I write this at the unearthly hour of 4 AM. I don’t think anything else can be a fitting tribute to the man who infused new ideas into the Ramsay House of Horrors, Shyam Ramsay. I have not met the man in person. I find some of my favorite horror films from the Ramsay brand of horror are his directorial. Shyam Ramsay, as his filmography shows, married tech with what the Ramsays were known for, horror. Basically, he made India’s first modern tech horror film.
The director also made Andhera in 1975 – a film about a race-car driver cum criminal losing his hand and then making a mechanical one to kill his enemies. This film released in 1975, long before the Terminator was a twinkle in James Cameron’s eye. He made 3D Saamri, which as the title touts is a 3D film, making it the first Bollywood 3d Bollywood horror film. His filmography also goes on to show that it was he who directed Zee Horror show for a whole four years in the nineties.
This was at a time when TV was considered to be where film makers went to die. Not only did he survive, he revived the Ramsay banner for a whole new generation. Ramsay went on to make two other tv series, Naagin and Anhonee. He directed Ajooba Kudrat Ka, a unique Bollywood film about the bond a girl and a literal monster creates. This was somewhat like Godzilla, only, completely Bollywood.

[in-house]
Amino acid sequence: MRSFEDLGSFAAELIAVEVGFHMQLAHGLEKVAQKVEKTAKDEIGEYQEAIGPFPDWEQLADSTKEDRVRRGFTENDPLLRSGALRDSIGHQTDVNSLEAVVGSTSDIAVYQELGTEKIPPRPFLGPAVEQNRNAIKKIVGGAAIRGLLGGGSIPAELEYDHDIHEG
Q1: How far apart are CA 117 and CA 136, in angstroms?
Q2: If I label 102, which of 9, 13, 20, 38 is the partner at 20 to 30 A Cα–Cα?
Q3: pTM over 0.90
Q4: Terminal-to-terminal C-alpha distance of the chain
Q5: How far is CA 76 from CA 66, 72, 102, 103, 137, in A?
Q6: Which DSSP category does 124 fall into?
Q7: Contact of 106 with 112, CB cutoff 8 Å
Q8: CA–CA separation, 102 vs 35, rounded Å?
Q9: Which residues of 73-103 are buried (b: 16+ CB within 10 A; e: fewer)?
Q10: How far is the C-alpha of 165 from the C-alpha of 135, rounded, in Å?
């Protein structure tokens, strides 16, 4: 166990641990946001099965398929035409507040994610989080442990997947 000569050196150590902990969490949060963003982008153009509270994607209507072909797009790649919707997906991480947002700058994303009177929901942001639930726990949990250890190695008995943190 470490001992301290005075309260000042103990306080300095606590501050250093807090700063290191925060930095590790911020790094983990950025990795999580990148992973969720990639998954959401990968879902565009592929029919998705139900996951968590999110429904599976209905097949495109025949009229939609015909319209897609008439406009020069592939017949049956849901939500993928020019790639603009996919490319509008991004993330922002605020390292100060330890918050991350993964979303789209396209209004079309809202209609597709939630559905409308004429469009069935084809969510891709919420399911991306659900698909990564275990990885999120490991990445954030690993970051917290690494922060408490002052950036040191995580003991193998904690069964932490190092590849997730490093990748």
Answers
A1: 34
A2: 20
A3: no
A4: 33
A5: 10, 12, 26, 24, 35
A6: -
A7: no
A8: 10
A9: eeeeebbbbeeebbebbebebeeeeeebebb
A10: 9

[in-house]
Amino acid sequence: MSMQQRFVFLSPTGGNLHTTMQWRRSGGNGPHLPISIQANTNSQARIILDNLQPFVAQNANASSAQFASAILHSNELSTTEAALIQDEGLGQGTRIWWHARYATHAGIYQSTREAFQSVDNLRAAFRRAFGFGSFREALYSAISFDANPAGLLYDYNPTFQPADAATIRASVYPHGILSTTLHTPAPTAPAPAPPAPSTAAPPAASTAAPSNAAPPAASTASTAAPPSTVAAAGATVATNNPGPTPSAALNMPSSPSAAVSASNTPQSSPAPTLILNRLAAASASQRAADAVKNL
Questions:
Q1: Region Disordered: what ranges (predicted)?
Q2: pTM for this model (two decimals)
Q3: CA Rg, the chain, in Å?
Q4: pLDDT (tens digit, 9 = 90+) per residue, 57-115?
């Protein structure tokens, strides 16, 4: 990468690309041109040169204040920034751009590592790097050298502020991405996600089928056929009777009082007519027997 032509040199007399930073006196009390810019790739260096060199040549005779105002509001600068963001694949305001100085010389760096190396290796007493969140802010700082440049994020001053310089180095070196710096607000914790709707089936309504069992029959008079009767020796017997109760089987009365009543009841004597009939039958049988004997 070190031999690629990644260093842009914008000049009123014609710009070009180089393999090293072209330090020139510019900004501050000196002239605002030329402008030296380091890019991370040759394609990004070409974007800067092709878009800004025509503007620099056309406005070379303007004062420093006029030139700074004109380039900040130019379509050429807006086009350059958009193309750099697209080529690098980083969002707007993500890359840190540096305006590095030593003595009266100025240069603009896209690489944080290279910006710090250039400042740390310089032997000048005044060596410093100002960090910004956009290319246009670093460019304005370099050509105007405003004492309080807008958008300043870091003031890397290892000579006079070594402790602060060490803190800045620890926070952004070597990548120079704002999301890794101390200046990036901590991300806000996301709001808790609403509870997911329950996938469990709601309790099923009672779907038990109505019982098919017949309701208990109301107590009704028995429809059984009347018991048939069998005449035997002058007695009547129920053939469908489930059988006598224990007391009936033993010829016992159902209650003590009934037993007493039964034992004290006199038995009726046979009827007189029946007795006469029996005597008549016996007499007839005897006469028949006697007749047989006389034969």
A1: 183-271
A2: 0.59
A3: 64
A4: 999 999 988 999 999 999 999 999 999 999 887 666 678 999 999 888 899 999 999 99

Shyam Ramsay saw where the industry was veering. Television has at least three series right now about Naagins and bhoots and whatnot. He made a horror comedy in 2010, Bachao Bhoot Hai, long before Stree and Phillauri and Golmaal 4. Somewhere along the way, he found time to create what we call the DNA of Bollywood horror today, with films like Veerana, Tahkhana, Purana Mandir, Bandh Darwaza and Mahakaal.
The entire Ramsay saga is a lesson for budding and upcoming film makers. But in all of that, Shyam’s story remains the brightest.